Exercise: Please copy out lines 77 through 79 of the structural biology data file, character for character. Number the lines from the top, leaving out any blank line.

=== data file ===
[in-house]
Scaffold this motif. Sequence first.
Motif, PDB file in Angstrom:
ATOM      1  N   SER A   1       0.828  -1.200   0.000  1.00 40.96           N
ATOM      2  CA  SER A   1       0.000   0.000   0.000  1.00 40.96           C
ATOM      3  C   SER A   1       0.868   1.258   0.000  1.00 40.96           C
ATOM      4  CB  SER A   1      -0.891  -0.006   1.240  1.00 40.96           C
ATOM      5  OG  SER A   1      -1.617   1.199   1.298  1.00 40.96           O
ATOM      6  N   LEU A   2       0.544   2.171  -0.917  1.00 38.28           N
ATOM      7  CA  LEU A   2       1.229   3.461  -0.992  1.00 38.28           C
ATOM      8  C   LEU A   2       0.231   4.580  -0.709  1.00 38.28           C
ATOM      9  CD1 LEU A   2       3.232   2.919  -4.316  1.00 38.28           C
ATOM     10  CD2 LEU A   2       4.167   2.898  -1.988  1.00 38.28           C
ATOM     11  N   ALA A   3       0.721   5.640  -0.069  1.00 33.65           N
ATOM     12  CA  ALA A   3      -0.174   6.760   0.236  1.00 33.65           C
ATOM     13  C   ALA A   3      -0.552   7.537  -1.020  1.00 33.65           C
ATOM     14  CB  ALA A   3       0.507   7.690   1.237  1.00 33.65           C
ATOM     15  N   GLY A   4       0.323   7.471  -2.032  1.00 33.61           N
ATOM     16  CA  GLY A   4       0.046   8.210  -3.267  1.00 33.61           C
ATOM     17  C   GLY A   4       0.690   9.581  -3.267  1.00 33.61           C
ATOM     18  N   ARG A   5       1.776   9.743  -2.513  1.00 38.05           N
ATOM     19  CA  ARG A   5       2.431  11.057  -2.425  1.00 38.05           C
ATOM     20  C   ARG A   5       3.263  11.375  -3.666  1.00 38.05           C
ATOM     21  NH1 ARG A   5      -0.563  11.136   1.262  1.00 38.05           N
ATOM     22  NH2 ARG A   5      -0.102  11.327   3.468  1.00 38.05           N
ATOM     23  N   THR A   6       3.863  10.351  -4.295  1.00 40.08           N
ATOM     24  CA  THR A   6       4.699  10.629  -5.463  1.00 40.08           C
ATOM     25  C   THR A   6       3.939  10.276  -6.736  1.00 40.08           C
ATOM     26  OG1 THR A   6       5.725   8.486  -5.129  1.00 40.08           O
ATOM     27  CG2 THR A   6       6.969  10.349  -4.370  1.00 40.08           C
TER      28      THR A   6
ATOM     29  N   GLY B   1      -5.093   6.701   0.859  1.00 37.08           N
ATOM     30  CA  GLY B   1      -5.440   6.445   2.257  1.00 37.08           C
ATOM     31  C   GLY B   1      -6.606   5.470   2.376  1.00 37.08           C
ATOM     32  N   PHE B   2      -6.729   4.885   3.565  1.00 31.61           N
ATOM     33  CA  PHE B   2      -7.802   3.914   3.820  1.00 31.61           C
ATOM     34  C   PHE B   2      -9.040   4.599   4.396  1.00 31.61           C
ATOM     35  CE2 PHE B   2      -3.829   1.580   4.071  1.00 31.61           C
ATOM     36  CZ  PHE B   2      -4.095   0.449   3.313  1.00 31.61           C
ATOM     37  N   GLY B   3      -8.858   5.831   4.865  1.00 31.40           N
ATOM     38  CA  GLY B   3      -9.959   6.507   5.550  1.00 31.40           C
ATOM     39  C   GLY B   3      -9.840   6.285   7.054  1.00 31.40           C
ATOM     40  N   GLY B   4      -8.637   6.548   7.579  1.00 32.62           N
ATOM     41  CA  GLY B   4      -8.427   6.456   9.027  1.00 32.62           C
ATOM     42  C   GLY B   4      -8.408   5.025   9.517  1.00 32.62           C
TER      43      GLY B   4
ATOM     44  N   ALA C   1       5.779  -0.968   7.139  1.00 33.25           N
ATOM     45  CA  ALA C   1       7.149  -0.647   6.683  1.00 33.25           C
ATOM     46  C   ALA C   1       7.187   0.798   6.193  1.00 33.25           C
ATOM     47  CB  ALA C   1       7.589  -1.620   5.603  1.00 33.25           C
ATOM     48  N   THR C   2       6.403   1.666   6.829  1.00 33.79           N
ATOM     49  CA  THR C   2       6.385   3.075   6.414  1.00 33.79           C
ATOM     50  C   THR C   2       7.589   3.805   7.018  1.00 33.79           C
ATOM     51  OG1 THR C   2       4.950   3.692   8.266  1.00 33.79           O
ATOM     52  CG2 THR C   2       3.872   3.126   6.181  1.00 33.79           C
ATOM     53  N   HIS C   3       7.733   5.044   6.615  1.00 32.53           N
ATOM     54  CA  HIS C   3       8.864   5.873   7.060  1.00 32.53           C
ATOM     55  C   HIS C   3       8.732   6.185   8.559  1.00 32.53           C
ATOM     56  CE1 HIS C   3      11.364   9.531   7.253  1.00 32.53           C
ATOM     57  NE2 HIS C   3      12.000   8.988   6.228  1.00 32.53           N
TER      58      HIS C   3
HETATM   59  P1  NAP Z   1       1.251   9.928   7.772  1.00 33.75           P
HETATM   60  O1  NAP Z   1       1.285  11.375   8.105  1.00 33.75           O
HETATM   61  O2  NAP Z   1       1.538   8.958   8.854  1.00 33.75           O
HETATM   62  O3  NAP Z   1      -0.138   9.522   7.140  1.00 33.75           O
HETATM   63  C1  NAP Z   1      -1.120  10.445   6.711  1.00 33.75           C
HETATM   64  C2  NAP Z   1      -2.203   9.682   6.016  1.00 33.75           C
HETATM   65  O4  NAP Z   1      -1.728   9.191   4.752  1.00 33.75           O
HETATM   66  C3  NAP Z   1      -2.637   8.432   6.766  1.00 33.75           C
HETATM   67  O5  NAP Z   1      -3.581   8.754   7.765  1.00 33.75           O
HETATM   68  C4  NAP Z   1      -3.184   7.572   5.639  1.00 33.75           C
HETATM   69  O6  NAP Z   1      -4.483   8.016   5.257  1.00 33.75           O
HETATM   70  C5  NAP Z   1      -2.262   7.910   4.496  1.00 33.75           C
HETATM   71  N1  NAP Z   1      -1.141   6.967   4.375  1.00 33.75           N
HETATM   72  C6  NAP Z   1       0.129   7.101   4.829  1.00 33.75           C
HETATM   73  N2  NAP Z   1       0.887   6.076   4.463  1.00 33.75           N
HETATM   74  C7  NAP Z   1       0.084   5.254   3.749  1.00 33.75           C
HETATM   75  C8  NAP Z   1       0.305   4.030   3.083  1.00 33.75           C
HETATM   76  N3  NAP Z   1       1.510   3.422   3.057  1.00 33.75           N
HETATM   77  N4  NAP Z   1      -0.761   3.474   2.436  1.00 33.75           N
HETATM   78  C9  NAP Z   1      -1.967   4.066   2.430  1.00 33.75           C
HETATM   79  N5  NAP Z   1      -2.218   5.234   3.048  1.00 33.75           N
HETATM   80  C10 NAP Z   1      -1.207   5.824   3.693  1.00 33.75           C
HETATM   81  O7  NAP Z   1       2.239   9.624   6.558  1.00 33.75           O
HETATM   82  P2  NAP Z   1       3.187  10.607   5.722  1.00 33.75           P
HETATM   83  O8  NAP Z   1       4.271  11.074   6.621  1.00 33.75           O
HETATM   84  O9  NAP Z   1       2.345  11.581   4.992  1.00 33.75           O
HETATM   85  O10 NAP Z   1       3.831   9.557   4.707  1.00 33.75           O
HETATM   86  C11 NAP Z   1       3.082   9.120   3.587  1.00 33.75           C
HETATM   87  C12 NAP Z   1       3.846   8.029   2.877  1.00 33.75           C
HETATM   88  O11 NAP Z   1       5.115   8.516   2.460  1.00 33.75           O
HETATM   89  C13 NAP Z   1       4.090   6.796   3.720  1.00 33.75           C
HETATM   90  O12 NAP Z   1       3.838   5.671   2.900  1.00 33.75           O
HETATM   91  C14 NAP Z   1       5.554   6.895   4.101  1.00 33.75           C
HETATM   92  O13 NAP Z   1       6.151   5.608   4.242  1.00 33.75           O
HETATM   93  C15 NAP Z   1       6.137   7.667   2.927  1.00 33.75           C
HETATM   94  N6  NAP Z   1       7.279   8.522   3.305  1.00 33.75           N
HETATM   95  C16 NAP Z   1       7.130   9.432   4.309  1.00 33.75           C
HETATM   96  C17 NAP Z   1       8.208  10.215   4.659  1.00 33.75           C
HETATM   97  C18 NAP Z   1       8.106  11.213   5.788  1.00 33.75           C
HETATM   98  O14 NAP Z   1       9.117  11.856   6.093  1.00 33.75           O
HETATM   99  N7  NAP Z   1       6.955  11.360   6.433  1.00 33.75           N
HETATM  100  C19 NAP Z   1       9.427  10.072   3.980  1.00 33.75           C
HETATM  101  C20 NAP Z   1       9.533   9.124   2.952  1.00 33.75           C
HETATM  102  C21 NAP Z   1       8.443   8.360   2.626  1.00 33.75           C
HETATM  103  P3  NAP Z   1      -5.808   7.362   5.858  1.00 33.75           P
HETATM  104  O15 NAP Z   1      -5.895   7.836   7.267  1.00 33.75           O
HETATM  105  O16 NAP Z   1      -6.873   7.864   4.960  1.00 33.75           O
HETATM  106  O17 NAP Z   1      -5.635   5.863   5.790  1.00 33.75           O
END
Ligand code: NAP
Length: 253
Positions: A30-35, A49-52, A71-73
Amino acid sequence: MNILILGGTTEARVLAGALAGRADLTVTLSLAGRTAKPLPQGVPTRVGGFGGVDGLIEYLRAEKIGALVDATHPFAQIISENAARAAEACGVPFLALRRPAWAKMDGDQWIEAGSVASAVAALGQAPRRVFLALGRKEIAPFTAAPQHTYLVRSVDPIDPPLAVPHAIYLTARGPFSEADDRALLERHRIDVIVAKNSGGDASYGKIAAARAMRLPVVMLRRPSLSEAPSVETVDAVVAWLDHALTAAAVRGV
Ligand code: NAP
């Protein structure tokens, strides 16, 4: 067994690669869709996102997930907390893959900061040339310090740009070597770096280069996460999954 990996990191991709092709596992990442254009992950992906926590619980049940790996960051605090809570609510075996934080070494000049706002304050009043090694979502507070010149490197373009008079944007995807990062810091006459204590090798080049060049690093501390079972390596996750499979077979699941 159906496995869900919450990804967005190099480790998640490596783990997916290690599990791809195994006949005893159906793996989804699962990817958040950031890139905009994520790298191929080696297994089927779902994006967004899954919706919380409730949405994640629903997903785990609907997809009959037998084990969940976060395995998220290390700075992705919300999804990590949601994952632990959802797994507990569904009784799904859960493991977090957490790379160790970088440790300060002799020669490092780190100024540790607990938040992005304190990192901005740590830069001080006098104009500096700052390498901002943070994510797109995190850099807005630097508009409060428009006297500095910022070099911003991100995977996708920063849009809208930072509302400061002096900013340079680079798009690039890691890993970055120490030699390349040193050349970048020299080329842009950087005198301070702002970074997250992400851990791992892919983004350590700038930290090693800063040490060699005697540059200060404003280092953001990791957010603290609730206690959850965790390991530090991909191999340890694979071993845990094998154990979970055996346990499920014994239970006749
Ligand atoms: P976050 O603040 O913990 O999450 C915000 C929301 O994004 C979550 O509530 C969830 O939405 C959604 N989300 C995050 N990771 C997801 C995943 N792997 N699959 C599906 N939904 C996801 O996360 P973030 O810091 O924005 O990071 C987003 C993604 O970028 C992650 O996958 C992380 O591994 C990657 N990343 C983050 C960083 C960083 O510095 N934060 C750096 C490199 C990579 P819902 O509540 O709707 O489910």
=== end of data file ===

HETATM   74  C7  NAP Z   1       0.084   5.254   3.749  1.00 33.75           C
HETATM   75  C8  NAP Z   1       0.305   4.030   3.083  1.00 33.75           C
HETATM   76  N3  NAP Z   1       1.510   3.422   3.057  1.00 33.75           N